A muddle of decisions indicates that Facebook and its ‘Supreme Court’ are making little progress towards a consistent policy on human rights

By Linda Bonyo   Published 10-18-2021 by openDemocracy

Photo: Louis Jadwong/Twitter

Facebook’s ‘Trump ban’ received breathless coverage earlier this year, when the Facebook Oversight Board (FOB) – the supposedly independent entity established by the tech giant to adjudicate its content decisions – ‘ruled’ that the former president’s ban from the social media site should be upheld.

Experts from WIRED’s Gilad Edelman to scholar Kate Klonick have used the Trump decision to argue that the FOB is working.

But buried amidst that coverage – and that surrounding Facebook’s botched handling of COVID disinformation – are a muddle of decisions indicating that Facebook and its Oversight Board are making little progress towards a consistent policy on human rights. In fact, they may be headed towards a showdown. Continue reading

Share Button

How social media – aided by bots – amplifies Islamophobia online

Islamophobia has changed in the 20 years since Sept. 11. Now, much of it plays out on social media.
Atilgan Ozdil/Anadolu Agency via Getty Images

Saif Shahin, American University

In August 2021, a Facebook ad campaign criticizing Ilhan Omar and Rashida Tlaib, the United States’ first Muslim congresswomen, came under intense scrutiny. Critics charged that the ads linked the congresswomen with terrorism, and some faith leaders condemned the campaign as “Islamophobic” – that is, spreading fear of Islam and hatred against Muslims.

This was hardly the first time the pair faced Islamophobic or racist abuse, especially on the internet. As a communications professor who studies the politics of race and identity online, I have seen that Omar is often a target of white nationalist attacks on Twitter. Continue reading

Share Button

Feds are increasing use of facial recognition systems – despite calls for a moratorium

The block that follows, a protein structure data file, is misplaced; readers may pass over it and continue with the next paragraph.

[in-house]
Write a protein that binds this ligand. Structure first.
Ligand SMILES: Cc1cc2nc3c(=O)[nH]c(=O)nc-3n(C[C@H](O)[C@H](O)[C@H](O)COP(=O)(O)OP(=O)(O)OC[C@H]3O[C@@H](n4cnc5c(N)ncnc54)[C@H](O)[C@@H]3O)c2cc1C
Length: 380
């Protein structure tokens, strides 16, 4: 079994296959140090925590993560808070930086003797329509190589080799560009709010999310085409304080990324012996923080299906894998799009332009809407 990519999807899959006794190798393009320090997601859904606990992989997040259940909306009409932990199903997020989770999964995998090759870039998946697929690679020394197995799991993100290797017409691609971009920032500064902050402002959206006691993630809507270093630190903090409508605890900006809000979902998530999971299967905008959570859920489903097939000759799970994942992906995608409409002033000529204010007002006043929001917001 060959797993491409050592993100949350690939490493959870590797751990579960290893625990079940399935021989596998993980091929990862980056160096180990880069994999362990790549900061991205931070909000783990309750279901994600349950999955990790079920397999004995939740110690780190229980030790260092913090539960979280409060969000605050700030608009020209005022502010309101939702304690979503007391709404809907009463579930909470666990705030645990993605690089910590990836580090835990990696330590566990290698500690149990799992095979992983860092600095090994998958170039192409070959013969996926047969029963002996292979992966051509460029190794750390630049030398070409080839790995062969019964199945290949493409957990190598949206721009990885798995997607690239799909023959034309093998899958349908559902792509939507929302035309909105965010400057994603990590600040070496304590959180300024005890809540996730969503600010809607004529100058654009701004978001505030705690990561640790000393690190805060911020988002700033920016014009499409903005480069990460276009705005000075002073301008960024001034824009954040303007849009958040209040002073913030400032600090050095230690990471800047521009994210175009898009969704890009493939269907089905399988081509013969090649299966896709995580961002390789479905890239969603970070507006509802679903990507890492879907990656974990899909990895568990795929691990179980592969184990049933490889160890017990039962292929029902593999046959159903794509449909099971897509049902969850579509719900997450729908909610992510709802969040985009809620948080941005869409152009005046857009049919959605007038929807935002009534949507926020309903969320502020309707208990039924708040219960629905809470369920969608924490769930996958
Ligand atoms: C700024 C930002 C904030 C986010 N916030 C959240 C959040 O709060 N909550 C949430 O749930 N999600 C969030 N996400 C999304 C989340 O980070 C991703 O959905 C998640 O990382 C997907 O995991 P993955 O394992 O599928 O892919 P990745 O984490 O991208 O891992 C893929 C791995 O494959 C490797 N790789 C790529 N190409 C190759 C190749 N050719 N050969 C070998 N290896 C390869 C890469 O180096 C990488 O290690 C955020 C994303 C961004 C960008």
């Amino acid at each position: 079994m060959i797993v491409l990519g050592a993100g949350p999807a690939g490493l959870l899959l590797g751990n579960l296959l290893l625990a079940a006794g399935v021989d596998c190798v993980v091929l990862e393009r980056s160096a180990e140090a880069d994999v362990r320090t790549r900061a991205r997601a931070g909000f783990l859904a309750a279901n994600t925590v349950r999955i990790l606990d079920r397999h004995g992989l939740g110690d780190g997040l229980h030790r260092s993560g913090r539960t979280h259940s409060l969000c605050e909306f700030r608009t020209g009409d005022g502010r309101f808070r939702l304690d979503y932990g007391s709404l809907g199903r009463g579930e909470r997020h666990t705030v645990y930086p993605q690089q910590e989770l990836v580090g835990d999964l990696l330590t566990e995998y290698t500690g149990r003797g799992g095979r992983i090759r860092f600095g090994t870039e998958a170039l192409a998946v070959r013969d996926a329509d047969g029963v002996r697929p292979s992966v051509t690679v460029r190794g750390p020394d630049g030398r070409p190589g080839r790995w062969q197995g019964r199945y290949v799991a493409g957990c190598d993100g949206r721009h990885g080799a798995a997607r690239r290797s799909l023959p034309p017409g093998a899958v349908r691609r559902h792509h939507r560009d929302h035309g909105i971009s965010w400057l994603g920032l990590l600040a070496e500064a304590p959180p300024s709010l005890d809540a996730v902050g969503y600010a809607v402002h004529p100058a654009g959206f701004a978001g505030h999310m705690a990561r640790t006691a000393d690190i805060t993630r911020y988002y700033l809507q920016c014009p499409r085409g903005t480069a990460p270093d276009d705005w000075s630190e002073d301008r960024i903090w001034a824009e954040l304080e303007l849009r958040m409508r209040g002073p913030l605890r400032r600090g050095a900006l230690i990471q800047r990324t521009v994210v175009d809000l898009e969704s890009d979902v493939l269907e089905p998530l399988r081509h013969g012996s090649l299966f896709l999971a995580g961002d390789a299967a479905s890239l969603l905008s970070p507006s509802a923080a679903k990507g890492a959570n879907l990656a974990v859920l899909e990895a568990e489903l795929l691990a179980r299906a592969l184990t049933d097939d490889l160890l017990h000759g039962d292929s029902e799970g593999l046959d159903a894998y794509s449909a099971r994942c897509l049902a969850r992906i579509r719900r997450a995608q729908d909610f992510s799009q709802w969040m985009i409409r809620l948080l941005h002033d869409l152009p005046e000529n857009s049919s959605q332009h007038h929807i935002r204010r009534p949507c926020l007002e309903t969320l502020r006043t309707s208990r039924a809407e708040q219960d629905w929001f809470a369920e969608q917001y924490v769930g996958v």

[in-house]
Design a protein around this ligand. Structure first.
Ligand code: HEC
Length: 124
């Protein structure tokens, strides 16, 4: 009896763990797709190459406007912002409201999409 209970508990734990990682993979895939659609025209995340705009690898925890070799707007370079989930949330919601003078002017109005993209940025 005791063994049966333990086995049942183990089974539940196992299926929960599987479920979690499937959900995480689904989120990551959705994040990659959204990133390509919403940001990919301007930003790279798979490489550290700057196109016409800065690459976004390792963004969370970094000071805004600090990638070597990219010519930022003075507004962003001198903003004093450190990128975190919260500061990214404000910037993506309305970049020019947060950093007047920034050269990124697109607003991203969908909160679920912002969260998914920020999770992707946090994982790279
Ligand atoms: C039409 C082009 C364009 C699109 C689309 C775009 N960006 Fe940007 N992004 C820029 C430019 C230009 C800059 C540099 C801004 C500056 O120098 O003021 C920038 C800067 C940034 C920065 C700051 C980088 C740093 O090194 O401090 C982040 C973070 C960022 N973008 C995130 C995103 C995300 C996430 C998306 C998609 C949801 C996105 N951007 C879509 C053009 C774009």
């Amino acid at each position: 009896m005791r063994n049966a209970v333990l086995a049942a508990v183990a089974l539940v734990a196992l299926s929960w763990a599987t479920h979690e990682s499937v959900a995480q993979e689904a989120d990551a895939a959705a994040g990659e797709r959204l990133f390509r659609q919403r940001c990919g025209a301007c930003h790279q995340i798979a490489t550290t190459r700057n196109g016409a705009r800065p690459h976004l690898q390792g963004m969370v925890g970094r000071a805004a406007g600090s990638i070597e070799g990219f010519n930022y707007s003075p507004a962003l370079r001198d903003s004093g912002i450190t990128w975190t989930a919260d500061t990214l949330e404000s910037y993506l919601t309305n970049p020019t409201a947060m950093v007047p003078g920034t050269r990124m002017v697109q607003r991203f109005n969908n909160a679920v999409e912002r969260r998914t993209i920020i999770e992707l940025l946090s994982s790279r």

Government agencies are increasingly using facial recognition technology, including through security cameras like this one being installed on the Lincoln Memorial in 2019.
Mark Wilson/Getty Images

James Hendler, Rensselaer Polytechnic Institute

Despite growing opposition, the U.S. government is on track to increase its use of controversial facial recognition technology.

The U.S. Government Accountability Office released a report on Aug. 24, 2021, detailing current and planned use of facial recognition technology by federal agencies. The GAO surveyed 24 departments and agencies – from the Department of Defense to the Small Business Administration – and found that 18 reported using the technology and 10 reported plans to expand their use of it. Continue reading

Share Button

To achieve press freedom, we must rewrite journalism

It is time to liberate our media systems from the political and economic forces that have long subtly controlled them

By Dan Hind.  Published 4-30-2021 by openDemocracy

Monday will mark World Press Freedom Day. It’s a moment to celebrate the work that journalism does in holding power to account. It’s also a moment to raise awareness of the dangers facing journalists in many countries. At least 1,400 journalists have been killed for doing their job in the three decades since the first World Freedom Day in 1991. Many of those were killed by their own governments, or by organised crime groups linked to political elites. This year’s coverage will focus on this violence, and on the culture of fear it is intended to promote. And this is right and proper. As long as people can’t go to work without fear of violent retribution there is a pressing need to bear witness. Continue reading

Share Button

‘What Is Going On Here?’ Alarm as Document Reveals USPS Is Monitoring Social Media Posts

“What possible justification could there be for USPS running this kind of social-media surveillance program?”

By Jake Johnson, staff writer for Common Dreams. Published 4-23-2021

Photo: SidewaysSarah/flickr/CC

An internal government bulletin obtained by Yahoo News this week revealed that the law enforcement arm of the U.S. Postal Service is monitoring social media posts as part of a surveillance operation known as iCOP, a secretive program that sparked alarm among rights groups and civil liberties advocates.

The sensitive bulletin concerns the U.S. Postal Inspection Service’s (USPIS) recent surveillance of Facebook, Parler, and Telegram posts related to the March 20 World Wide Rally for Freedom and Democracy, anti-coronavirus lockdown and anti-vaccine demonstrations organized by far-right groups. Continue reading

Share Button